All my Fuchsia are watered daily excepting on those very rare occasions that it is baking hot, I then water morning and evening, the Patio is in full sun until about 3pm, all are fed weekly with Phostogen.
I have been very lucky and seem to be disease free, I shall keep my fingers crossed now that I have said that.
I have a bench outside the greenhouse where I keep my cuttings in the summer, it isn't quite as hot as the Patio, I take them into the greenhouse over winter when the Tomatoes etc. have finished.
The greenhouse has an electric heater set to frost free. I line with bubble wrap each Autumn.
All of my Fuchsia are at the end of the summer cut back and repotted and placed in the greenhouse over winter.
In March I then replace into the baskets, until they are ready to harden off and go into the garden. The ones left go later into the large pots etc. on the Patio after hardening off.
I was advised to leave in original baskets etc. and move into greenhouse, told I was making work for myself repotting, this did not work for me, so I went back to my old method as above.
This is a favourite and thanks to my son Scott's photography the colours, Lilac Carolla and White Sepals, are spot on. A really beautiful large double Fuchsia that doesn't fade in the sun. If I was brave and I am not, I would thin out the buds making the flowers even larger, a long time ago I decided that I would rather have more large flowers than fewer extra large, I have never regretted this. Flowers until first frosts when I then take into the greenhouse.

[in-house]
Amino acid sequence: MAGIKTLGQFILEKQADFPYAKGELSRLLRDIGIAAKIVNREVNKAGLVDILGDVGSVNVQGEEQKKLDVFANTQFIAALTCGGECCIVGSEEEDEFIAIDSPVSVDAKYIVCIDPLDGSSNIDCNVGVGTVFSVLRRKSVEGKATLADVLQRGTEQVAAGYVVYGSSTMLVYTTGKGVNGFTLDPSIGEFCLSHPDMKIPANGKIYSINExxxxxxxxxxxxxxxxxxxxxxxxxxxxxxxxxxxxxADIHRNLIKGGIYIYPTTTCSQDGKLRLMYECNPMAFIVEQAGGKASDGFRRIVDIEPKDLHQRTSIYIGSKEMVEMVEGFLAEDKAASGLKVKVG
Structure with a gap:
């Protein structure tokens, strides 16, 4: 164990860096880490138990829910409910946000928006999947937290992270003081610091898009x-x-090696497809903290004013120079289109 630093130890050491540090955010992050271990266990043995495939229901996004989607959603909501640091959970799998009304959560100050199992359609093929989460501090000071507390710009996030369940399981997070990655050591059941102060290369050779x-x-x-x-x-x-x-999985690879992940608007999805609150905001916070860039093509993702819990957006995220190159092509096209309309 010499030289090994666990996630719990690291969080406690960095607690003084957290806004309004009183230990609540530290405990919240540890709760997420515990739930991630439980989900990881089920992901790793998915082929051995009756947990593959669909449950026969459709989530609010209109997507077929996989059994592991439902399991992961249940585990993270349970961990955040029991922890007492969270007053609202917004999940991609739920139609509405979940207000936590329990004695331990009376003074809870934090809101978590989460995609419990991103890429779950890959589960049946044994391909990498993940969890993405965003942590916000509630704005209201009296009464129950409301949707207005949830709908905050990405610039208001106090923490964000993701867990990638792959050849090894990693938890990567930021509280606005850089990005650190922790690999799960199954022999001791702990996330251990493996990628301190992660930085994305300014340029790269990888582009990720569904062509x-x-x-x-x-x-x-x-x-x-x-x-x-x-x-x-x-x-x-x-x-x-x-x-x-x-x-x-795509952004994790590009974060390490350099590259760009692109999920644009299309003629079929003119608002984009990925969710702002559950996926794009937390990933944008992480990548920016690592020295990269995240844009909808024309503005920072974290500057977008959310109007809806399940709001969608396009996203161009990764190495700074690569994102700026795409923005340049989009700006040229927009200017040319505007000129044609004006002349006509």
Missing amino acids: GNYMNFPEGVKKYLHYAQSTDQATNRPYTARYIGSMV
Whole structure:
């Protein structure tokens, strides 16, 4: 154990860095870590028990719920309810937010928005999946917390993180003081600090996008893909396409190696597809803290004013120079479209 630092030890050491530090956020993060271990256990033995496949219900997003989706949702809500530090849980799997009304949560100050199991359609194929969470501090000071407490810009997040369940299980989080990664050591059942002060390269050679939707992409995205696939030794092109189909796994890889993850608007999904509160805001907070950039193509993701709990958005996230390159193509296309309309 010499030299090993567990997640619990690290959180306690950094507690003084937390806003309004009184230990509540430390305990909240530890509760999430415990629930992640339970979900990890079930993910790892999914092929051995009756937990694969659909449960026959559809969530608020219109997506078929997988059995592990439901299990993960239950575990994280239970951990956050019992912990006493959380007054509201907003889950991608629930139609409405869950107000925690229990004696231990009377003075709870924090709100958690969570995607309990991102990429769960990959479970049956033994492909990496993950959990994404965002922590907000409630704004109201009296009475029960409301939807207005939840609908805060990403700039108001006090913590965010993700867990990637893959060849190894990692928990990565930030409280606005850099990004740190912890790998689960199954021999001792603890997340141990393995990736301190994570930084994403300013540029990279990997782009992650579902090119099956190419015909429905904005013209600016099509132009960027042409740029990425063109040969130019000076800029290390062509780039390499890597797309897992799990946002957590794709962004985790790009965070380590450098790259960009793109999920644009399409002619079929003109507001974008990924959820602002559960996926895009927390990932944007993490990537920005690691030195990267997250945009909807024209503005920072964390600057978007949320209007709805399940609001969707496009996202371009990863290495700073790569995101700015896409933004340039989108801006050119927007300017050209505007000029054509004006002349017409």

Cuttings root easily.
If I could nominate a Fuchsia as the most prolific of all, this would be it. A large flowered double, with an Orange Corolla and Creamy White Sepals.|
This really is the very easiest to grow, gives a stunning display. I have it in a triple stand on the Patio as in the picture at the top of the page, it never lets me down, it is situated where it catches all the sun and the dreaded Marshside winds, believe me the wind really swirls around here which is why plastic pots are a no no, they just get tipped over. Cuttings root very easily and disease free.
A lovely Fuchsia with a Purple Corolla and white Sepals. I thought this was going to be a bit fussy but it is not, the flowers are very large, larger than Dawn Star.
Last season I placed it in full sun thinking I had made a mistake, but no it was quite happy, must admit I will wait until next season and test it again in full sun, I hope.
This is the only one of my Fuchsia that I find difficult to strike cuttings from, haven't over the years found why, next year will try rooting powder for this one, I do not need it for the others. The Corolla is much darker than in the Photo.
A Single with a burnt red Carolla and white sepals, semi trailing habit, very good around the edge of pot with Thalia or any upright as a centre piece. It is listed as an upright
but I find it more semi trailing, and trouble free. You will notice I say this about most I grow, the reason if they are troublesome I do not grow again.